‘Do you know a lot of songs?’ asked Dougal, quickly trying to get the conversation away from the dragons before they really had a set to.
‘Yes, lots and lots,’ Sevi replied eagerly. ‘I’m a bard and bards sing songs and play musical instruments.’
‘What do you play?’
‘Well, nothing yet,’ Sevi answered, as she scraped the toe of her boot in the dust. ‘But I’m learning how to play a lute and my teacher thinks I show a lot of promise. Would you like me to sing you a song?’ she added eagerly.
Sevi stood as tall as she could, pulled her shoulders back and cleared her throat before giving a rendition of a song about a small spider climbing a wall and getting washed away by the rain. Although she was very young, and the song was very simple, the leprechauns and dragons marvelled at the clarity and sweetness of her voice.
’That was wonderful Sevi,’ Derry said when she had finished and taken a bow.
‘I know,’ Sevi replied matter of factly. ’That’s why I’m the bard.’
‘Dougal and Derry were nearly bards,’ Phil said, ‘before they became a knight and a wizard,’
‘Really? What instruments do you play?’
‘We both play the tin whistle and the fiddle,’ Derry answered.
‘What’s a tin whistle?’
Derry smiled kindly as she put her hand into one of the magical pockets inside her robe and withdrew a tin whistle. She then put the instrument to her mouth and played a quick tune.
When she was finished, she handed it to Sevi.
The young girl took the whistle, examined it closely, and as she did this Derry waved her hands over it, causing it to shimmer and grow to become a human sized instrument.
Sevi nearly dropped it in shock.
‘Why don’t you try it?’ Derry gently urged.
Sevi looked at her, then sceptically at the whistle before gingerly putting it to her lips and giving it a shallow blow.
Again, to the amazement of the twins, within minutes the young bard had taught herself to play a simple tune.
‘I love this!’ she squealed in delight. ‘I absolutely love it.’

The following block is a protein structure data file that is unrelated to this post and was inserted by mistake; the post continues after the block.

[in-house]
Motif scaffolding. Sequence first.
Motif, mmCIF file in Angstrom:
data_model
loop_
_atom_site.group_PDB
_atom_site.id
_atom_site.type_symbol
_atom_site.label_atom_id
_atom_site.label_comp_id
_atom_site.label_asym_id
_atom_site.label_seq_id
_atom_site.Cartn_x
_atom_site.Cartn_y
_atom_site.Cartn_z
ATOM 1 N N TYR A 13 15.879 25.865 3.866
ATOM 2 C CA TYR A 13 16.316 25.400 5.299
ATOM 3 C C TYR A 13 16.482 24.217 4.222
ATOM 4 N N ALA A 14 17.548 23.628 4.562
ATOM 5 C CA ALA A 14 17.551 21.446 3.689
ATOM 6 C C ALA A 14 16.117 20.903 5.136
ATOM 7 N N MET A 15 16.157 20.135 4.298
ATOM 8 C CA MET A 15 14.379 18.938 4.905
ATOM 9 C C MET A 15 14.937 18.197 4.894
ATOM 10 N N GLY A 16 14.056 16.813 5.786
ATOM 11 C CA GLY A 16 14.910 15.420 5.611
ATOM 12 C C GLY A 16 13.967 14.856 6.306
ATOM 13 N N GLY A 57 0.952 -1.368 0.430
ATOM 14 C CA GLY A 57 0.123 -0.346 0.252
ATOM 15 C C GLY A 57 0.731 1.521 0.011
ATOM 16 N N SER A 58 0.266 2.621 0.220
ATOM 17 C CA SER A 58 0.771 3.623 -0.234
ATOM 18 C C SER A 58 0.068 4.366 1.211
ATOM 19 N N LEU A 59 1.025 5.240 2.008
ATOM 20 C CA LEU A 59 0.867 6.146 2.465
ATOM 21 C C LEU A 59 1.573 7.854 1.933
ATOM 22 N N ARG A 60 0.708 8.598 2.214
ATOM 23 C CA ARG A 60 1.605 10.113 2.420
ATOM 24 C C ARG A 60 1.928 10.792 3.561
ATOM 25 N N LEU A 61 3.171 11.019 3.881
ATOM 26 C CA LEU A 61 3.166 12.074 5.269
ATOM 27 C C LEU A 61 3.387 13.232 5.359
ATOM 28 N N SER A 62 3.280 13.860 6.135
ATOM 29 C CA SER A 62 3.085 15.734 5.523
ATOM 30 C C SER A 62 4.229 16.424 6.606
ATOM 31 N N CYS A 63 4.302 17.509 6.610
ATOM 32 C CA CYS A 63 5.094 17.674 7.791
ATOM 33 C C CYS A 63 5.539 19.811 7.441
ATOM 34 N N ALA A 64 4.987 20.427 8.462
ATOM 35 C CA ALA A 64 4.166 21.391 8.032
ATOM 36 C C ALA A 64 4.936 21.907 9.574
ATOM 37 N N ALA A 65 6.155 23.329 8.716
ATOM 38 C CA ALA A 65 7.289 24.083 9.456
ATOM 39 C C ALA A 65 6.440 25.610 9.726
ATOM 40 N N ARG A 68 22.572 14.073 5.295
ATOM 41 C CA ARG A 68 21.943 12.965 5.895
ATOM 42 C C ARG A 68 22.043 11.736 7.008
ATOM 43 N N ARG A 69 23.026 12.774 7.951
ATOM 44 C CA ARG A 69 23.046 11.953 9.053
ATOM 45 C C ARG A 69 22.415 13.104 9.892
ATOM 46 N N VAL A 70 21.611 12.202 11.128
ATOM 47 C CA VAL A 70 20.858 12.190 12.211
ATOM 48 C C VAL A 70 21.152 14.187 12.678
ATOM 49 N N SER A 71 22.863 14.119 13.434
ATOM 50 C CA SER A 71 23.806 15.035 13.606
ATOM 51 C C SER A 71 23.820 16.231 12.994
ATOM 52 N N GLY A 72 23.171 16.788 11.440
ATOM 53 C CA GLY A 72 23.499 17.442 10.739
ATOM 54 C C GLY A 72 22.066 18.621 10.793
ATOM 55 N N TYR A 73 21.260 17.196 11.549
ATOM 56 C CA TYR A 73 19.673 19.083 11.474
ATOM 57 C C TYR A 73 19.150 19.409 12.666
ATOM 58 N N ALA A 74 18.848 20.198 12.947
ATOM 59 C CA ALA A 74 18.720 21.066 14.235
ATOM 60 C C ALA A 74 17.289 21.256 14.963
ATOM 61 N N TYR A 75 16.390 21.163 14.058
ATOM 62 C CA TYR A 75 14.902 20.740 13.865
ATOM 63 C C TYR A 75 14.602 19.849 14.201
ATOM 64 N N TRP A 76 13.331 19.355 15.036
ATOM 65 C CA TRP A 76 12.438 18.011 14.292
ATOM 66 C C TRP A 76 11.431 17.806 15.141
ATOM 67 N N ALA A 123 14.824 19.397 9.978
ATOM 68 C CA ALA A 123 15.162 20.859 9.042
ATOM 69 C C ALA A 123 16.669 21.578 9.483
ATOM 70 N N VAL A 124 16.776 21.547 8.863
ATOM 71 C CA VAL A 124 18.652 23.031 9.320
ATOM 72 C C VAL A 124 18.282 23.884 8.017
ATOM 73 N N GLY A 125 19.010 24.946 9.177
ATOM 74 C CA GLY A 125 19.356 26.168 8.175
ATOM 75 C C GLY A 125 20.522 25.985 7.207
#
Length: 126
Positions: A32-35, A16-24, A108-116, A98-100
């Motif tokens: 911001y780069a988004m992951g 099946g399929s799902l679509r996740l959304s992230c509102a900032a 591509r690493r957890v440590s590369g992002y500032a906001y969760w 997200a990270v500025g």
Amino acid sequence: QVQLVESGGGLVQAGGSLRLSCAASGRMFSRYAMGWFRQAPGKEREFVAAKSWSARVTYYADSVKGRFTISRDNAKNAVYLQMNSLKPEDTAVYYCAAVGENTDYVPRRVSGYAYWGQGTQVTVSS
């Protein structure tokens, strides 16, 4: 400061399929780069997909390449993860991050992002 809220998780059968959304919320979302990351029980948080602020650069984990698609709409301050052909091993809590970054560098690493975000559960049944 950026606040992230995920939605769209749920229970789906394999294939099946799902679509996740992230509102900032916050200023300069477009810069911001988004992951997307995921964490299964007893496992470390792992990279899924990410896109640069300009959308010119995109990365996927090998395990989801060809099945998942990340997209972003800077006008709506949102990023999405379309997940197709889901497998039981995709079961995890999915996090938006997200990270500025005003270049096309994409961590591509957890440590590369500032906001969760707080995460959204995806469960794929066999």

‘Then it is my gift to you,’ Derry said.
’Really,’ Sevi gasped, wide-eyed and ecstatic.
‘Yes, really. A true bard like yourself should always carry a tin whistle.’
‘Are you sure?’ asked Peder. ‘Because I’ve never even seen or heard of one before.’
’All the bards in CaerGorias carry one,’ Derry assured.
‘I don’t care if I’m the only bard in the whole world who has one,’ said Sevi. ‘Because I love it.’
’Where is CaerGorias?’ Mithel asked.
‘It’s a long, long way away,’ Dougal replied. ‘It’s taken my friends and me many months to get here.’
’Is everyone in CaerGorias as small as you and the dragons?’
‘Yes. Once, a long time ago, the big people like you used to visit leprechauns like Derry and I, but it doesn’t really happen anymore.’
‘I don’t really know. I guess they have more important things to worry about now.’
‘Leprechaun is a funny word,’ Ibon giggled.
‘I’ve always thought so,’ said Maighdlin, agreeing with the laughing child.
’I guess to you and Maighdlin it is,’ agreed Dougal.
While Dougal continued to talk to the children, Derry heard Maighdlin’s thoughts enter her mind.
‘Can either Phil or you sense magic in the young one playing wizard?’ she asked.
‘A great deal,’ replied Derry telepathically. ’If she chooses to, Aingeal could one day become quite powerful if she studies hard enough. Why?’
’The boy called Mithel,’ Maighdlin answered telepathically. ‘I believe he has an important role to play in his future, but I think his road is a difficult one, and one he will not survive without a guardian angel, or powerful friends at the very least.’
’Then Aingeal is well named indeed,’ replied Derry.
‘That she is,’ said the dragon out loud. ‘That she is.’
’Aingeal,’ said Derry. ‘I have something for you as well.’
The small girl looked down at Derry, her huge blue eyes gleaming with wonder and excitement.
‘Thank you, but I don’t need anything Miss.’
‘I know you don’t, but I want to give you something. A gift from one wizard to another.’
‘I’m not really a wizard.’